A guest blog by Seth Baum, M.D.
Medicine is at a crossroads; cardiology in particular. I saw this fact magnified at the American Society for Preventive Cardiology’s recent town hall on access barriers to PCSK9 inhibitors. The event was entitled, “Unraveling a Therapeutic Conundrum,” and the conundrum is this: Will we embrace the potential that these innovative drugs hold for patients, or will we use them as a scapegoat for soaring health care costs?
First, let’s all at least agree that, without pharmaceutical innovations, we would never have made such a large dent in heart attack and stroke incidents. Statins and novel mediations for heart failure have contributed to our remarkable success in these areas. So before we denigrate the very innovations that make successes like these possible, let’s examine the impact of pharmaceutical innovations, specifically PCSK9 inhibitors.
These treatments unequivocally and predictably lower LDL-C (the “bad” cholesterol) by around 60%. And this reduction is on top of statin therapy! By way of example, a person on a statin with an LDL-C of 200 would typically achieve an LDL-C of 80 after adding one of these medicines.
Also, there is a confirmed relationship between the drop in LDL and one’s risk for heart attack, stroke or death. Though not yet proven (studies are ongoing), such a reduction in cholesterol would dramatically reduce risk. A recent Journal of the American Medical Association article by Kazi et al. concluded that 4.6 million heart attacks, strokes and deaths could be averted through the use of PCSK9 inhibitors.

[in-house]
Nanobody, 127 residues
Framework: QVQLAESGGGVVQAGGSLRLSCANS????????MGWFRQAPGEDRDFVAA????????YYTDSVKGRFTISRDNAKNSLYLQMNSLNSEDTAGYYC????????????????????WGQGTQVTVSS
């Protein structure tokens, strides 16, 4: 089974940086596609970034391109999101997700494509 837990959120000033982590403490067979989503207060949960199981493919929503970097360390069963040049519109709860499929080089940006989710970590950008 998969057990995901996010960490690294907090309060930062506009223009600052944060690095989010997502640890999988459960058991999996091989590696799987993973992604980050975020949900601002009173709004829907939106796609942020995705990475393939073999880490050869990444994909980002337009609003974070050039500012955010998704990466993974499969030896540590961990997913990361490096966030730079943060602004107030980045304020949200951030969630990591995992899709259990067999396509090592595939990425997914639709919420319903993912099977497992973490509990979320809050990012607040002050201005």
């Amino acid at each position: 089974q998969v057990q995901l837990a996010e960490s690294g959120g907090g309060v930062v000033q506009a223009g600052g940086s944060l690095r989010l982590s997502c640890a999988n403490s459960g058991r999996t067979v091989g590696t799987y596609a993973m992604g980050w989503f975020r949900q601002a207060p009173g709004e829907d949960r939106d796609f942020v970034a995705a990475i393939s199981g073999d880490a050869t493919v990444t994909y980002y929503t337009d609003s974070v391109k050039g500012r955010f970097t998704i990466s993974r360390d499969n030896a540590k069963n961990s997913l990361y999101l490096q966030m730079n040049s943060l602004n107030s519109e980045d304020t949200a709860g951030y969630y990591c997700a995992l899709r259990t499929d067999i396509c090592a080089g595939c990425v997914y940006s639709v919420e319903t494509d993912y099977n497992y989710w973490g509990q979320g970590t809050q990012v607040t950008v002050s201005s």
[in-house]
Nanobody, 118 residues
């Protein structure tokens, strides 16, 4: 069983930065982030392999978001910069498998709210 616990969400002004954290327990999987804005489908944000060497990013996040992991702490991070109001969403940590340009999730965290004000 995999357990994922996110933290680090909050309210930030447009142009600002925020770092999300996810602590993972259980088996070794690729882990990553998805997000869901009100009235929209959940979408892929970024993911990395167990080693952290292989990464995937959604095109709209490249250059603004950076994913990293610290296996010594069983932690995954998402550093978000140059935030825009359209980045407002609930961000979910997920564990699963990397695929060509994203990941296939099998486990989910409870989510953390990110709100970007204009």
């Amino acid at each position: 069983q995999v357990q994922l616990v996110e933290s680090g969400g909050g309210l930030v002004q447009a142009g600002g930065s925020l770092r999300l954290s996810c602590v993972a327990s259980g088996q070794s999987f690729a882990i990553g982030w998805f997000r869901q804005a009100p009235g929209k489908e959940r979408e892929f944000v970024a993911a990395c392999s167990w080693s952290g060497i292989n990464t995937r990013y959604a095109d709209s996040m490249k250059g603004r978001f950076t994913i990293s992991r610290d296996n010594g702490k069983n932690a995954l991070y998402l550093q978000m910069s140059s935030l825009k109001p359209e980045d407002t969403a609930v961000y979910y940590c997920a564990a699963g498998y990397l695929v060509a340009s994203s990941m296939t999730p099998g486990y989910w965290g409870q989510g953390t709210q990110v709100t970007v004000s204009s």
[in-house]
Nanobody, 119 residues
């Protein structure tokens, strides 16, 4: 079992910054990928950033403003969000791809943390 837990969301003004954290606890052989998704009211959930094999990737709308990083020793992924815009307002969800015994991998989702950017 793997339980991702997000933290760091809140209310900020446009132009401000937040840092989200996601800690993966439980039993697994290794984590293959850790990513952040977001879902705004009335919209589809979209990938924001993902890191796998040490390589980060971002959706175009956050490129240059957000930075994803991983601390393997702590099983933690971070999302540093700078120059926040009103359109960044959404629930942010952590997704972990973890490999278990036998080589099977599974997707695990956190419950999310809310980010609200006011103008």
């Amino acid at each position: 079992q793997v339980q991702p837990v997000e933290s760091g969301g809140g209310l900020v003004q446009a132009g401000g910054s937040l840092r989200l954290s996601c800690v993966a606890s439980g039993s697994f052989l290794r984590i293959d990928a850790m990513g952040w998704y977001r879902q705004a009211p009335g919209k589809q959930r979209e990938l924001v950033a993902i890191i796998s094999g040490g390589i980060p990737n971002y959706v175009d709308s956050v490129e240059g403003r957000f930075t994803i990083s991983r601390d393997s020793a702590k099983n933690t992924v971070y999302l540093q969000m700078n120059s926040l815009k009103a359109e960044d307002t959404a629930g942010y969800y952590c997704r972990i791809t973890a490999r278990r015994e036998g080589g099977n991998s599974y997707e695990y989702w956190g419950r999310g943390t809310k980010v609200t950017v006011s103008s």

Yet the researchers weighed in against the medications because they are not “cost effective.”
Their conclusion, however, uses flawed metrics and makes inaccurate assumptions. For instance, it utilizes a faulty assessment of value, QALYs or Quality-Adjusted Life Years. Sparing you the details, let me simply state that the Affordable Care Act prohibited such a metric; and the Europeans are abandoning QALYs as well.
Further, Kazi assumed all patients would be on these drugs for life, eliminating the possibility of future innovations. This, of course, is a false premise. Innovative medicines or procedures often negate the need for older approaches.
Perhaps most egregious, however, is the fact that Kazi and team used an inaccurate drug price for their calculations. The list price cited by the authors fails to consider the impact of pharmacy benefit managers, middlemen who negotiate drug prices for insurance providers. When PBMs negotiate prices for medications like PCSK9 inhibitors, they typically purchase well below the list price, and even get rebates down the road. Thus the cost of the PCSK9 inhibitors is not the list price cited by Kazi and many others; it is much lower.
Finally, the PCSK9 inhibitor conundrum demands that we consider a cost factor that analysts and researchers often overlook: What is the cost, and the value, of a life? How do we measure this intangible and all-important metric?
I can’t answer this question. I can tell you, though, that withholding medications from those who might benefit would exact a price I’m unwilling to pay: my personal ethos and professional integrity.
Seth Baum, MD, is a preventive cardiologist, cholesterol expert and member of the Alliance for Patient Access.